Fast, long range and versatile, the Vulcan is a very capable paper airplane. With its dart shape and canards, the Vulcan is very fast and can fly farther than most other paper airplanes. The Vulcan is intended as a multirole successor to dedicated aircraft like the Dagger, Viper, Panther and Black Widow.
The Vulcan came as the result of an attempt to develop a more capable variant of the Dagger, which the Vulcan retains some commonality with. The development effort was very successful; the Vulcan is more capable than the Dagger in every way. With this excellent performance demonstrated, the Vulcan was allotted an instructable.
TAA USAF Designation: F292-1
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Step 1: Materials
1 Piece of 8.5 by 11 inch Paper
Scissors (additional surfaces only)
Step 2: Length and Corner Folding
Take your paper and fold it along its length. Then pull the corners in and fold them into the center. Then flip the paper over and pull the creases of the corner folds inward.
Step 3: Nose Folding
Pull the corner folds inward as shown. Then pull the tip of the nose downward along the edges of the paper. Once you have made the nose blunt as shown, pull the blunt edge down to the trailing edge on the side with the airfoils. Measure 1 inch inward from the crease on the outer side and make a mark. Then pull the paper back forward, and crease at this 1 inch mark.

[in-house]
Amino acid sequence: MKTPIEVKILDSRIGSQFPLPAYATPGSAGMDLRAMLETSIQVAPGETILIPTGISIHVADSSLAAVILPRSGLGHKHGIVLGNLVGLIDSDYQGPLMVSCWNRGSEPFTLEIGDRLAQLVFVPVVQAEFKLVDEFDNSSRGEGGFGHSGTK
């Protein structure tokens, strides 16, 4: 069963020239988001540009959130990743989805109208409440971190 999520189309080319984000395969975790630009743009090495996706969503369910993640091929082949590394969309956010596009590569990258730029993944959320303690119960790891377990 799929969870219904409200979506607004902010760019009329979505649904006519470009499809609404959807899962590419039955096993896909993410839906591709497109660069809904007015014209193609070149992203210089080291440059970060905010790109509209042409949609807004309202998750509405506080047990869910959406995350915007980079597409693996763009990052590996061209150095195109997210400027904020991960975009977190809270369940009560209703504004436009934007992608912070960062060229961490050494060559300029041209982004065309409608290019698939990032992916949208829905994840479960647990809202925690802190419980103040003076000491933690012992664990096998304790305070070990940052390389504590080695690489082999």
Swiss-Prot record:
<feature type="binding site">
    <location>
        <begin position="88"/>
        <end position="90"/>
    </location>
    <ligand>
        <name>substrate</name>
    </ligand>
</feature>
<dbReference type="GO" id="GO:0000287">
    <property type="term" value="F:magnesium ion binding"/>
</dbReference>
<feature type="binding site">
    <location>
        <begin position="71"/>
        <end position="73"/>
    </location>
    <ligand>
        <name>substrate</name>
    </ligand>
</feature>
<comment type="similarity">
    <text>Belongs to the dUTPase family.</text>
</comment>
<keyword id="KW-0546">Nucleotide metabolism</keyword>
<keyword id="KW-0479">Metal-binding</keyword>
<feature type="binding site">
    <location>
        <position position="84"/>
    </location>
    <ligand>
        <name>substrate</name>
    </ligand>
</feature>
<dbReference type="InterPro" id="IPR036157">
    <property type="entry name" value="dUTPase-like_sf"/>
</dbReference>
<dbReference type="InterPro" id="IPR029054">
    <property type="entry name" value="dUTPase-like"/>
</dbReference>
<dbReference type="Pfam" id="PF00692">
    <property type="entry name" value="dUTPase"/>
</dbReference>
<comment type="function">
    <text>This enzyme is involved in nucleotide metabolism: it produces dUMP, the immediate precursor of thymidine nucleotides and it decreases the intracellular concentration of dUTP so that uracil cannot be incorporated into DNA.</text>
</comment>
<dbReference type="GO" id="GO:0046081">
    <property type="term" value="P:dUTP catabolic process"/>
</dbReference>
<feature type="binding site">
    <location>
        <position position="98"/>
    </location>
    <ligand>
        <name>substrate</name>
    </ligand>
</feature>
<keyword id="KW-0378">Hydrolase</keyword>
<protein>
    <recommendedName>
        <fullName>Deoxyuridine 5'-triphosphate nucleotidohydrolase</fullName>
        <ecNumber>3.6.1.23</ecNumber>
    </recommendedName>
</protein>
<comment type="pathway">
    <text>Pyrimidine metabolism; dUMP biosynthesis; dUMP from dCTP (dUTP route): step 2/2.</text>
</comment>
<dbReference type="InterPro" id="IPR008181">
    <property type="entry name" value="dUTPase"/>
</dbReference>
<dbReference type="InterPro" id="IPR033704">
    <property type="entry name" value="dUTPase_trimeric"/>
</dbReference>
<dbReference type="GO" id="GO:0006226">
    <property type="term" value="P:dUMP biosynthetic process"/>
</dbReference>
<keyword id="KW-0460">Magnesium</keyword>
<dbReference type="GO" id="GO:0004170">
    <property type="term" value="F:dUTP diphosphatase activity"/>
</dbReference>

Step 4: Canard, Wing and Winglet Folding
Fold your paper airplane in half along its center. Measure 1 inch upwards along the trailing edge from the center crease and 1 inch inwards from the wingtip along the trailing edge. Fold the canards down as shown, aligning its leading edge with the fuselage to maintain an angle of incidence of zero degrees. Once you have done this, fold the wings down at the 1 inch mark you made previously. After this has been completed, fold each winglet at the 1 inch point you made previously.
Step 5: Taping
Apply tape to the nose above and below the canard, as well as to the LERX-wing joint. Then apply tape to the rear of the fuselage and over the wing root near the trailing edge. Once this has been done, apply tape to the canard folds to secure them to the fuselage. This will complete your Vulcan.
Step 6: Flight
The Vulcan is an able aircraft, but it can be somewhat complex and may require experience with simpler, more forgiving (but nonetheless comparable) paper airplanes like the StratoEagle or Super StratoEagle. The Vulcan should be launched at a neutral or positive attitude at a moderate to high speed. Additional applicable surfaces include flaps, elevators, ailerons, slats, flaperons, elevons, rudders, air brakes, canard trim and an "electronic warfare" tail. Enjoy!
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